Sunday, November 19, 2006

Koyaanisqatsi ****

The simplest and best thing about Koyaanisqatsi (Hopi dialect for "Chaos" or "Life out of Balance") is that there is not a single word spoken throughout the entire film. The critic Roger Ebert (of "Siskel and Ebert", also only critic to win Pulitzer prize for film criticism) wrote a bizarre review in which he only gave it three stars because of a bunch of opinions he believed Reggio held (like, "it would be better if there wasn't man at all") that he felt were silly. But these are opinions that couldn't possibly be expressed without words. Koyaanisqatsi is much simpler than that - it shows, through a series of images, a world before man, quiet, slow, and beautiful. Then modern times rushes in, an incredibly fast paced, crazy marathon of people that seem never to stop. I have to criticize Ebert again, who complains that if the film is trying to show a bad portrait of mankind, then why are the images of the cities beautiful as well. Reading this, one has to ask "But where, Roger, did you decide this film was trying to show a bad portrait of mankind? You're contradicting yourself." Yes, the destruction of nature is horrifying, but Reggio also allows us to look at some beautiful aspect of the cities too, like the reflection of the sky on the polished windows. There are numerous shots looking down on sprawling city streets at nighttime, sped up incredibly fast so you see cars shooting down the the road, briefly stopping at red lights where other cars fly by them, and start up and fly forward again. I am reminded of the old middle school videos taken from microscopes where you see little organisms shooting around pointlessly. Where, exactly, are they trying to get to? Koyaanisqatsi is not, as Ebert suggests, a film about how mankind is evil, but just simply a warning. The film shows us the past, and the present, and eventually the future, leaving us a warning that if we continue in the direction we are going, getting faster and faster, things must just explode, a Herzog like prediction that if we continue our rampage against nature, then it will destroy us to return to the beginning.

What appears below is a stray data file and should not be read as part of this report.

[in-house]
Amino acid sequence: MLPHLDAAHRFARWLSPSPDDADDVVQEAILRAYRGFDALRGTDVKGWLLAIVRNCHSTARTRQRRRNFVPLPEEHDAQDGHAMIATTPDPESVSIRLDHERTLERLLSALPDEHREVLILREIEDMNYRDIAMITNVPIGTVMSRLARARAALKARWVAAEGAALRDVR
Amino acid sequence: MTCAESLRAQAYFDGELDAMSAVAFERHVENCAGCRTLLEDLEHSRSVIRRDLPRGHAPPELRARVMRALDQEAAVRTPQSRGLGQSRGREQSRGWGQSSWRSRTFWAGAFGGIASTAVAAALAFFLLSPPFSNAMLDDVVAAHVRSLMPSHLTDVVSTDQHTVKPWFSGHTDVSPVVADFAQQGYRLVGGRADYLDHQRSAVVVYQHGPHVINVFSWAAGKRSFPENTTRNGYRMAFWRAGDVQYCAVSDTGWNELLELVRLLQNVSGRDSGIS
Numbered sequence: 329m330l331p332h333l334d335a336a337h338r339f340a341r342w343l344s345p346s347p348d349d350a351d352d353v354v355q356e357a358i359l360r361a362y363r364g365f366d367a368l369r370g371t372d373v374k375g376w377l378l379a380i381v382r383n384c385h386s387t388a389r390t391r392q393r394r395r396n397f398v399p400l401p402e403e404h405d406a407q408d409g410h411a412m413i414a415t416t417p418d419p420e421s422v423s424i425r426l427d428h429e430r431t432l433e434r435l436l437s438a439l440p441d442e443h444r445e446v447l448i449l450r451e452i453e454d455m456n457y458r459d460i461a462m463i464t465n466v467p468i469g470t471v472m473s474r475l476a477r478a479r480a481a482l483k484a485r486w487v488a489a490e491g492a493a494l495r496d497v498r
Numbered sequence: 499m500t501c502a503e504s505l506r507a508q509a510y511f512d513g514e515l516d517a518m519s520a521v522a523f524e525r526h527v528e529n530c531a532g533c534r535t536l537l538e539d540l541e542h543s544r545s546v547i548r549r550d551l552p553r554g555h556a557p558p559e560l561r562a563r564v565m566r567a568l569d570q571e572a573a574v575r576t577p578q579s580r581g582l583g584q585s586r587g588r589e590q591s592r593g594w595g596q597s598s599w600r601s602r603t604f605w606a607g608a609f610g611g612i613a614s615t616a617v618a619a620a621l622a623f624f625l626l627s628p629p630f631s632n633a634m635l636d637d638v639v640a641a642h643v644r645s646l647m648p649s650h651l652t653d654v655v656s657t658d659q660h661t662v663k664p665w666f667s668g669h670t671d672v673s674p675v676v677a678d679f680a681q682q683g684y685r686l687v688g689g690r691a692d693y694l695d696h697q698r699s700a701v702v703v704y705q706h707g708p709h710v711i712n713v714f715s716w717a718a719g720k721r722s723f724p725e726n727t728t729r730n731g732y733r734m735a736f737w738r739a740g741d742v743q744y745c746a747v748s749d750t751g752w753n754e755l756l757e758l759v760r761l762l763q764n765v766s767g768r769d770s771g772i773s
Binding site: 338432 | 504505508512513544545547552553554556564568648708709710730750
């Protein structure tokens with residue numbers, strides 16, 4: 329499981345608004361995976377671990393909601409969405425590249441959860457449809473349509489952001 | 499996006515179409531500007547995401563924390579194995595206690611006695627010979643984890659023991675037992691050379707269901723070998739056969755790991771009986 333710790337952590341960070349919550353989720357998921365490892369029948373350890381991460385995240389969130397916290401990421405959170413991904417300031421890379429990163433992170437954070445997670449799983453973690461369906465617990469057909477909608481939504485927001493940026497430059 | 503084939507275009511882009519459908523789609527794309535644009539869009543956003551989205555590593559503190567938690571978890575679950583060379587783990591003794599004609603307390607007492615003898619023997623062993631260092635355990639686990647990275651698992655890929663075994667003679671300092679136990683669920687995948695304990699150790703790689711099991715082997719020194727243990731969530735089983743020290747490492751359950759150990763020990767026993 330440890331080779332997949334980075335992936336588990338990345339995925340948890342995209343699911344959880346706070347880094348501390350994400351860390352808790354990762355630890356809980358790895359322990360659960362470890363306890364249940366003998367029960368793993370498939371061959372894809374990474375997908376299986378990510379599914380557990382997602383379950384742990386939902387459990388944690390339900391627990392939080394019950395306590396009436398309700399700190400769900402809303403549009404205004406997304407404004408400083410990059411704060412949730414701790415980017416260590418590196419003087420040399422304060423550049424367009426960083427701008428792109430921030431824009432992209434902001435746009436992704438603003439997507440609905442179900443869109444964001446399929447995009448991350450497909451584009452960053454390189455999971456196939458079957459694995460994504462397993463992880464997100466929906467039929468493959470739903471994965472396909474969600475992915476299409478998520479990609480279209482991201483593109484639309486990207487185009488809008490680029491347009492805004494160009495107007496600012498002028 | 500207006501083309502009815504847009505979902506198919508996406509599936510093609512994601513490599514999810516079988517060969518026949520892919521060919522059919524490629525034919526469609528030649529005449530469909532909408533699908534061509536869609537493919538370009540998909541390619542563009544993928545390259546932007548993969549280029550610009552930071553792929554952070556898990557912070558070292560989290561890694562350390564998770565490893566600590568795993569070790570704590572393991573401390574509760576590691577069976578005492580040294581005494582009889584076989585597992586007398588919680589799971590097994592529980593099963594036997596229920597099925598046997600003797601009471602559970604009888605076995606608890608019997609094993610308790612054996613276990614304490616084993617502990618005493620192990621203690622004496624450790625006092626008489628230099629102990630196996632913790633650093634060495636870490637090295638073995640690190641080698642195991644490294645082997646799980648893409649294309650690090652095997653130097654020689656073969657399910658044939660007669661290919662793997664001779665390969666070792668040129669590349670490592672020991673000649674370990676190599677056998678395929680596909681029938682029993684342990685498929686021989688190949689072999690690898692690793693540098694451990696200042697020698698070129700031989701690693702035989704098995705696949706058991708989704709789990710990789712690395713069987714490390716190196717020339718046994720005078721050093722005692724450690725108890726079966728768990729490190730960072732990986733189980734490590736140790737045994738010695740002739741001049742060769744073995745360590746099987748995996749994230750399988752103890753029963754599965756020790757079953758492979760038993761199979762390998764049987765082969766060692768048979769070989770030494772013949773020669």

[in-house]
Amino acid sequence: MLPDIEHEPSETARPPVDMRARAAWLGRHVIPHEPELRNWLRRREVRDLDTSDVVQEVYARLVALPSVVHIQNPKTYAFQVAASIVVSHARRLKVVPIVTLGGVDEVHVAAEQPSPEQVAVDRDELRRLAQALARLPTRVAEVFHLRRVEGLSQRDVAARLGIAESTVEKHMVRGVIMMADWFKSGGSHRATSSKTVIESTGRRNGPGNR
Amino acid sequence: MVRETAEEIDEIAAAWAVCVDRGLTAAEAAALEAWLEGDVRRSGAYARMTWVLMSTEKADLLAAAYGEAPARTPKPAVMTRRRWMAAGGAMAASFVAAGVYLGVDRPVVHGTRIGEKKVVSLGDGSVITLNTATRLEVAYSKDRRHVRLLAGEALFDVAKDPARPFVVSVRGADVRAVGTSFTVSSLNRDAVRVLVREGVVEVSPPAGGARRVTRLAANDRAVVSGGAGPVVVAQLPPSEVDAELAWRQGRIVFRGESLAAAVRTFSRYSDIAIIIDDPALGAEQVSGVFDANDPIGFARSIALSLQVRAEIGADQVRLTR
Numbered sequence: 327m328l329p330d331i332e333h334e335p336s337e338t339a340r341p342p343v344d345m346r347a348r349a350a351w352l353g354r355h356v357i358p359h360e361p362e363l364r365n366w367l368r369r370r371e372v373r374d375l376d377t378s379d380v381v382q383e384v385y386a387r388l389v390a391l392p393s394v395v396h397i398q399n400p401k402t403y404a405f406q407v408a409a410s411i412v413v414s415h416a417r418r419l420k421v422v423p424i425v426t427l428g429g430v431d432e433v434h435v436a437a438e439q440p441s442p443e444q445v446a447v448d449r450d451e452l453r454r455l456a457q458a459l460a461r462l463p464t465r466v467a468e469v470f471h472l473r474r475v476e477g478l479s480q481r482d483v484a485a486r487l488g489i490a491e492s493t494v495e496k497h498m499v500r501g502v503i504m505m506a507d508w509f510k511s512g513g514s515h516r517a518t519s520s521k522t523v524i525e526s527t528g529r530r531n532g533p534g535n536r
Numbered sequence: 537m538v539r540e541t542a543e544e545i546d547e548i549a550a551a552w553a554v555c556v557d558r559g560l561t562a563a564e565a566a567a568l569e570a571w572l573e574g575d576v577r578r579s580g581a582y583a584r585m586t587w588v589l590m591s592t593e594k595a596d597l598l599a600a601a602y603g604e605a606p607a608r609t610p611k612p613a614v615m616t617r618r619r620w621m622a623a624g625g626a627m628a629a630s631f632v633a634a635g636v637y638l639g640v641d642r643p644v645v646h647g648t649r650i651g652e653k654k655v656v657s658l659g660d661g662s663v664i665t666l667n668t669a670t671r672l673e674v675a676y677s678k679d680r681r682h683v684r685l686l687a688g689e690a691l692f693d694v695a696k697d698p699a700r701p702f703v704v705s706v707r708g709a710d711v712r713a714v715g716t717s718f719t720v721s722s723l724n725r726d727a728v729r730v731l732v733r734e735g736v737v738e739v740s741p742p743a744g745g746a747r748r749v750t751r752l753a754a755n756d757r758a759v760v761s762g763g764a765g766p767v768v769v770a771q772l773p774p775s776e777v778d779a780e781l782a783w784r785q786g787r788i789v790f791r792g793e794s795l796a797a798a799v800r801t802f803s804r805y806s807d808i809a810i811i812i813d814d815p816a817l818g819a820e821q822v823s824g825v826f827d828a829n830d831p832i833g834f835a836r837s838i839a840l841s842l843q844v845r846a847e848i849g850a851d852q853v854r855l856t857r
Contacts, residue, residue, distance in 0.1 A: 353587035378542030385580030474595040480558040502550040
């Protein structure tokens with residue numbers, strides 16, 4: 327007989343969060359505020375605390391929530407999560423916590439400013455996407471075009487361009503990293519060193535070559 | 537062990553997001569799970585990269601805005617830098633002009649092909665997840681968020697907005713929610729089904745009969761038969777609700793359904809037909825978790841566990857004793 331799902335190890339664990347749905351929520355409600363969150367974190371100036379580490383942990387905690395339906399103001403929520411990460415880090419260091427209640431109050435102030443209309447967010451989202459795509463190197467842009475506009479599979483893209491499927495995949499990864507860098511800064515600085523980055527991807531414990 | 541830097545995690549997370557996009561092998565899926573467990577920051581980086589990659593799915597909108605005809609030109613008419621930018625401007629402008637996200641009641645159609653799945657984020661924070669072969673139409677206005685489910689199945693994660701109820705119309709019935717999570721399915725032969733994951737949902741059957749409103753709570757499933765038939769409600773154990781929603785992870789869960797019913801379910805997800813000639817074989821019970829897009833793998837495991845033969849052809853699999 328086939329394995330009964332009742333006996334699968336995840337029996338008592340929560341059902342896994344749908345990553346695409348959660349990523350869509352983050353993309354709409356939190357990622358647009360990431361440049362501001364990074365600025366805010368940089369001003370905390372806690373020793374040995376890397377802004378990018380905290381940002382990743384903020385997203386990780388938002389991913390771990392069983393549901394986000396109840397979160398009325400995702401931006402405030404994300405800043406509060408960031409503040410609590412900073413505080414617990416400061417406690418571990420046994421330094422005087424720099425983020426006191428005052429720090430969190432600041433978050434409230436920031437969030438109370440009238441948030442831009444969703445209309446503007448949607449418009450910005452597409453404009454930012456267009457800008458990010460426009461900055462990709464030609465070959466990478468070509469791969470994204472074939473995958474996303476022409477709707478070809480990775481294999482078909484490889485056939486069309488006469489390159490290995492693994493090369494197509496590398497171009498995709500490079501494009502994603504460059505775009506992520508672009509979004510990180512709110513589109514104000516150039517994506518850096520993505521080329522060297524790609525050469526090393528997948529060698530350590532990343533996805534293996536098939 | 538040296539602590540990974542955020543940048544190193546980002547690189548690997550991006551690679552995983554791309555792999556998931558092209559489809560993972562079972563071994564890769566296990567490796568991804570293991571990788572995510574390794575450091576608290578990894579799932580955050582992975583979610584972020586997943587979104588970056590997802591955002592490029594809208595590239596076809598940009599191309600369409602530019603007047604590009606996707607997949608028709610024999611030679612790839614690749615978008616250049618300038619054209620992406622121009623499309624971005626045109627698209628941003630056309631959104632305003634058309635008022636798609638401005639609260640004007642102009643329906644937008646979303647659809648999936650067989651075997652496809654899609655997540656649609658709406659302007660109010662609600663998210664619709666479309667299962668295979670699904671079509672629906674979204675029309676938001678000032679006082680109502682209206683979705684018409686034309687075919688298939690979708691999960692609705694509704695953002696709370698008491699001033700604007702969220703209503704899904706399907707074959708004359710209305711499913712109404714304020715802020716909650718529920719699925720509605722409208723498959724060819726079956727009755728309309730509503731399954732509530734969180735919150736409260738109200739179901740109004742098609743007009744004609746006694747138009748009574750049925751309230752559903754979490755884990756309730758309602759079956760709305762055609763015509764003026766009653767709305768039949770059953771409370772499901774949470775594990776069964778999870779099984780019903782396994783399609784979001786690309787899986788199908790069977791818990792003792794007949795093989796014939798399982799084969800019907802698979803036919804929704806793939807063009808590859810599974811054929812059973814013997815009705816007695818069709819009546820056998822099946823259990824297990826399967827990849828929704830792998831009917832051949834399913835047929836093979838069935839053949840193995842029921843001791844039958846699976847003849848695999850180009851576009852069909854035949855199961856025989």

Many of the images involve shots that are sped up or slowed down to show stunning beauty that we wouldn't be able to see with our own eyes. "Through God's eyes" we see the shadows of clouds painting the dusty landscapes, a "waterfall" of clouds that fall down the side of a mountain, a shot mounted on a car as it speeds down a highway, sped up nearly 20X as fast. And impossibly high shot flying over New York City. Numerous shots of buildings being demolished. A nuclear weapon being tested in a southwestern desert. A room of T.V.s exploding in slow motion. Bridges being demolished. Huge, foreboding telephone line towers making cage like cobwebs over the landscape. Even with some of the most beautiful images caught on camera, the film would be nothing without the score of the wonderful Phillip Glass, who here has written perhaps the best soundtrack of all time. The before man sequence is slow, repetitive, and beautiful, the invasion of man is jarringly horrifying, and will likely haunt you. The chorus of man strikes an ironic and satirical look on the city, which also boasts impossibly fast played up and down scales that would become Glass' trademark in later films. As we see the fate of mankind played out in the last shot, a chorus of low voices chants "Koyaanisqatsi!... Koyaanisqatsi!... Koyaanisqatsi!... Koyaanisqatsi!..."

"Life out of Balance!... Life out of Balance!... Life out of Balance!... Life out of Balance!..."

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